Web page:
Should Restaurants Consider Keeping Delivery In-House Instead of Using a Third Party?

With COVID-19 causing an explosion of alternate service models across the country and around the world—curbside pickup, mobile menu browsing, and contactless payment, and more—restaurant owners who weren’t already offering delivery have been presented with a confounding choice: should they execute delivery services in-house, or should they opt for one of an increasing number of third-party delivery services? 

Even before the rise of the pandemic, consumers’ growing penchant for convenience had led to the rise of such third-party players as Postmates, Uber Eats, and Grubhub, and the trend show no signs of slowing.

Here are some of the top pros and cons of in-house vs third-party delivery:


By keeping delivery under your own roof, your restaurant can maintain control over the experience from beginning to end. 

Whether customers choose to order from you again often comes down to whether or not they’re satisfied with previous delivery experiences. By managing the delivery process in-house, you can train your delivery staff to your own standards instead of putting the customer service experience into the hands of others who may not share your service philosophy.

Running your delivery in-house also means you have full accountability for late, messy, or cold orders. Delivery platforms have procedures in place to make up for poor delivery experiences, such as free vouchers for future purchases, so you may want to consider whether that’s something your restaurant is able and willing to do as well. 

Restaurants need to decide whether they want to handle delivery experiences themselves or leave that important process up to a third party. 


The numbers indicate that 78% of US delivery orders are placed through the restaurant itself, while 22% of orders are made through third-party delivery services. That means that when your customers are looking to order that specialty pasta dish that you’re so famous for, they’re calling you. They’re visiting your website.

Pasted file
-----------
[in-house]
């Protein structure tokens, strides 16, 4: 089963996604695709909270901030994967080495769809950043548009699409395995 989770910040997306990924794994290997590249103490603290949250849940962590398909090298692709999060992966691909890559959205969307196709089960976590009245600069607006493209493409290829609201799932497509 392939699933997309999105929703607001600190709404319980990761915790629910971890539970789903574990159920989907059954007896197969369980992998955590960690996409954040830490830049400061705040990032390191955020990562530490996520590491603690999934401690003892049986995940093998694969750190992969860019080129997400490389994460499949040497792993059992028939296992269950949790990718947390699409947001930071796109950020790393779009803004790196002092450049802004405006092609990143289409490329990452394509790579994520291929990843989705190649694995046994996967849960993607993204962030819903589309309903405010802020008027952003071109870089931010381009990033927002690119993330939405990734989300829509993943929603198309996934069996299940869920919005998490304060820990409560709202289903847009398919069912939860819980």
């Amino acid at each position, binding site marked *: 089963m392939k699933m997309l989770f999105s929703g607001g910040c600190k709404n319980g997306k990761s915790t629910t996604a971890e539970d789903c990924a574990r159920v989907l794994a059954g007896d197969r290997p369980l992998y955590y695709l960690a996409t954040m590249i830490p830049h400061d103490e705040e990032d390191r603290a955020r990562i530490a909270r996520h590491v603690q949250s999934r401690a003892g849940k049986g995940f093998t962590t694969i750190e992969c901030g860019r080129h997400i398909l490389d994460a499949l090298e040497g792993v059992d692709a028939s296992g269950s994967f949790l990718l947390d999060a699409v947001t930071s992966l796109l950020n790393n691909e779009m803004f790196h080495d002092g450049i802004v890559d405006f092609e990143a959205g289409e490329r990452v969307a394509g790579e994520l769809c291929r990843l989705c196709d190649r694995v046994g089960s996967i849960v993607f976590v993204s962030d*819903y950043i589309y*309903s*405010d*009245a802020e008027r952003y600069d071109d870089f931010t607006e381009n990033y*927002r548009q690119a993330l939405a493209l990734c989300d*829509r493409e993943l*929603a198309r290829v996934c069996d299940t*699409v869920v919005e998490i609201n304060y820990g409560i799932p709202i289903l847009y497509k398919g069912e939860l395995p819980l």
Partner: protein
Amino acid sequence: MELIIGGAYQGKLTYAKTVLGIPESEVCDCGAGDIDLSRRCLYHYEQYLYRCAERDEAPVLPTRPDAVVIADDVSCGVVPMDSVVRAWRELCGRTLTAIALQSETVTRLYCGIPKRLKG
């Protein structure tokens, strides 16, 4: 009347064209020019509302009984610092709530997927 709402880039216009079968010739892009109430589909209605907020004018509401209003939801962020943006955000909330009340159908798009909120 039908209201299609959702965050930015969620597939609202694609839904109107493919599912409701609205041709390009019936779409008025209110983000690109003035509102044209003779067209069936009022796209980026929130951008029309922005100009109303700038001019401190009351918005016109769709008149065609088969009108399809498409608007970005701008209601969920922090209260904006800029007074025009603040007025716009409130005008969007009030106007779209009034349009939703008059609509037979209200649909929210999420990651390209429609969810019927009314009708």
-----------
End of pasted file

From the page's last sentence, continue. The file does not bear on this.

If they find that they have to look elsewhere to place their order—like on a third-party site that also lists your competitors—they may just choose to spend their money with another business.

Not signing up with delivery partners, however, can potentially result in a decreased opportunity for visibility with customers. It mainly depends on your market and clientele—do you have lots of loyal customers who will call you or visit your site directly when they want to order take-out? 

Or are you trying to build a solid base of new customers, who might not know your brand and are more likely to find you on a third-party site? 

Each platform comes with its own target audiences and loyal users, and you may not be able to reach those customers on your own. This increased discoverability can be an especially powerful marketing tool for small-size businesses and startups. And since you can work with as many delivery partners as needed, doing so can help expand your reach considerably.


Setting up delivery services requires not only capital, but it also requires expertise. Will you purchase a fleet of delivery vehicles, or will you pay your drivers to use their own? What about a payment system, insurance for drivers, proper food storage during transport, and delivery tracking? These are a few of the many factors to consider when you’re setting up in-house delivery. 

Partnering with online ordering platforms gives you the opportunity to avoid many of the investments listed above. You can benefit from a ready-made infrastructure, a network of couriers, a range of packaging materials, delivery tracking, secure payment methods, and more.


While third-party services can certainly save you money on some of the above investments, those savings may be quickly negated by hefty commission fees. Depending on your business volume and your margins, these fees may not be a feasible option, regardless of the experience and infrastructure you get in return.


Perhaps one of the most important things to consider, especially for smaller operations, is that outsourcing delivery services allows you to focus more completely on your core business: crafting an unforgettable customer experience and preparing delicious food that keeps customers coming back for more. 

Both in-house and third-party delivery come with distinct drawbacks and advantages. One thing is certain, though. In this time of COVID-19, delivery is a convenience that customers are quite simply going to expect. From everyone. If you’re not offering it, you’re likely losing revenue dollars and loyalty to those who are. 

In choosing your course of action, however, be sure to balance the options outlined above to determine which type of delivery is the best fit for your business.